When your child's stuff is lying around, you can ask your toddler to help you put things in baskets. Say you have a load of clean laundry, and your baby's toys are all over the floor. Make two baskets, put them about 3 feet apart, and tell your little one to put the toys in one basket and the clothes in the other.
You'll have to join in and keep showing your toddler how to do it if they don't understand it after the first few times. Your child will walk more because of this activity, strengthening his leg muscles and improving his eye-hand coordination, motor skills, and memory. You can also tell him the thing's name out loud so he can learn new words.
Who doesn't like bubble wrap? If you did this with your toddler, you and he would love it. Get a piece of bubble wrap and wash it with water and soap to get rid of any dirt or germs it might have on it. When it's dry, put it on the floor before your child and start popping bubbles one at a time.
Your toddler will also start to burst. Let him be patient. He can improve his pincer grasp and build up the small muscles in his hands by popping bubbles on bubble wrap. To make the activity more interesting, point at a bubble and tell your baby to pop it. This will also help him work on his eye-hand coordination.
If your toddler is picky about what he eats, you can sneak food into his activities, and he won't even know he ate. For this activity, your child will require finger food or broken cereal that is easy to swallow. Put two bowls in front of him. One should have food in it, and the other should be empty. Sit in front of your child and put one piece of food in the empty bowl.
Keep doing it as you try to get your child to join you. You can also keep his attention by singing and dancing a little. When their toddler starts to act like you, put a little food in your mouth and begin chewing. Again, try to get him to do it. This activity will help your child eat his food, but it will also improve his listening skills, motor skills, eye-hand coordination, and language.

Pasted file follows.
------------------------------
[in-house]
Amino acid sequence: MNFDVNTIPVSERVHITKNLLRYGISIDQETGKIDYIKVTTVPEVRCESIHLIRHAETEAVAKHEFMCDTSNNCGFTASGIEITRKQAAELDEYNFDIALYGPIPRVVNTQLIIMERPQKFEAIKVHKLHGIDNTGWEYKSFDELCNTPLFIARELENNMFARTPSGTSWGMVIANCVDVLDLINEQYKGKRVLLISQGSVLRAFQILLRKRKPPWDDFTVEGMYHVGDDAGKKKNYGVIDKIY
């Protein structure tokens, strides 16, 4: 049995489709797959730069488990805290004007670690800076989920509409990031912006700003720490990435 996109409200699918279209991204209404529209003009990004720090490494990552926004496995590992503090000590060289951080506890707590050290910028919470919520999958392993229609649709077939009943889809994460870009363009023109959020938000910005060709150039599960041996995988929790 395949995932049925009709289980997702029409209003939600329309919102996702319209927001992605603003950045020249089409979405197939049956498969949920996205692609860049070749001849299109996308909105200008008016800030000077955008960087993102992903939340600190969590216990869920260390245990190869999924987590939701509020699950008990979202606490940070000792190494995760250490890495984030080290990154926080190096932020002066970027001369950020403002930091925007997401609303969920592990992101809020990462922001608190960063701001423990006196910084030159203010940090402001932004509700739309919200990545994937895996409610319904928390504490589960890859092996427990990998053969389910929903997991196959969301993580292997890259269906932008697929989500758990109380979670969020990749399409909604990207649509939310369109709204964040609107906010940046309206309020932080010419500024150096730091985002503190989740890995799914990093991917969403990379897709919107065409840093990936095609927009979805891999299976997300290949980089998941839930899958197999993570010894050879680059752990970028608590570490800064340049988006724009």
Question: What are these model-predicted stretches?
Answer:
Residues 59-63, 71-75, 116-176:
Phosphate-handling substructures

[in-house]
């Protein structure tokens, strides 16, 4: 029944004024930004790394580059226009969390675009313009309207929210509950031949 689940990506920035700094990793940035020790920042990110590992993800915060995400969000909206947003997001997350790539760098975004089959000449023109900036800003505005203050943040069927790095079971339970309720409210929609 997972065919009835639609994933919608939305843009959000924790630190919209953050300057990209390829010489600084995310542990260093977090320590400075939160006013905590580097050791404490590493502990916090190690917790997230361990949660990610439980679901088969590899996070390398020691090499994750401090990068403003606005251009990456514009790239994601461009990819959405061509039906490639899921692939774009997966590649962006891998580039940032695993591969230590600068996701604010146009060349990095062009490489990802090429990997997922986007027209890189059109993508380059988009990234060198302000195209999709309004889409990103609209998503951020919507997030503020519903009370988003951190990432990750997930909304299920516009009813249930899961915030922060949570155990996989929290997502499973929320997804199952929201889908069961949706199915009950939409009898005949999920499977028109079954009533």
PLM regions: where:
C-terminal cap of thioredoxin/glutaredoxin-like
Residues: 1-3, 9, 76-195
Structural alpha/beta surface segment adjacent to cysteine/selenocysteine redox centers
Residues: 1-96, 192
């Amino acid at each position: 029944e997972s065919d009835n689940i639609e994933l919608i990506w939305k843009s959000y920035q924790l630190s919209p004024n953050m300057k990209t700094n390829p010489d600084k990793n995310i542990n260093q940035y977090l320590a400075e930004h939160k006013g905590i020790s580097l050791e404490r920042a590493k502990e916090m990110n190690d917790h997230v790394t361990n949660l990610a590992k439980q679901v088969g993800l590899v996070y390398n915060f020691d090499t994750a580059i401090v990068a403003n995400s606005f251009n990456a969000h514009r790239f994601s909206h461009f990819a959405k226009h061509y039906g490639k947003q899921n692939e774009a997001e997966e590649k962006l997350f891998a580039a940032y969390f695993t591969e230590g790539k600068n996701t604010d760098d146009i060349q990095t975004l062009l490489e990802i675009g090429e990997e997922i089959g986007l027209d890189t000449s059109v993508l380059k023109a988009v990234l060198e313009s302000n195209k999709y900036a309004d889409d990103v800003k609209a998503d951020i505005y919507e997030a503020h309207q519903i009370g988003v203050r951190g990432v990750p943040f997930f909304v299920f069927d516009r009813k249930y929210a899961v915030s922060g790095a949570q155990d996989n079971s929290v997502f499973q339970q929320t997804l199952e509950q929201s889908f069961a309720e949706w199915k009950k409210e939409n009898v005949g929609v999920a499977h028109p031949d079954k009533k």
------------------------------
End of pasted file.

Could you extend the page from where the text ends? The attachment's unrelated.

The Little Paleontologist
This is a fun way to improve your toddler's ability to pay attention and move his or her body. It would help if you had a tray, toys, and brightly colored tissue paper. Spread three or four toys on the tray and cover them with a few sheets of tissue paper. Put a few more toys on it and cover it with more tissue paper.
This way, you can add one or two more layers. Start by searching for a toy and pulling it out by touching the tissue on the tray. Keep doing it until your child starts copying you and looking for the toys and pulling them out. Put a big bowl or basket beside the child so that he can put his toys in it.
This kind of painting with water doesn't need any paint. All you need is water in a small bowl, a paintbrush, and construction paper. When you put the paintbrush in the water and paint something on the paper, ensure your child is paying attention. Then give him the paintbrush and then let him paint.
Painting with a brush is relaxing and makes your grip stronger, improves your eye-hand coordination, and makes you more creative. Children grow up quickly, so spend as much time as you can with your 16-month-old toddler to make the most of this time.
The above activities will not only be good for your child's body and mind, but they will also assist you and your child in feeling closer to each other. Try them out and tell us if your little one likes them.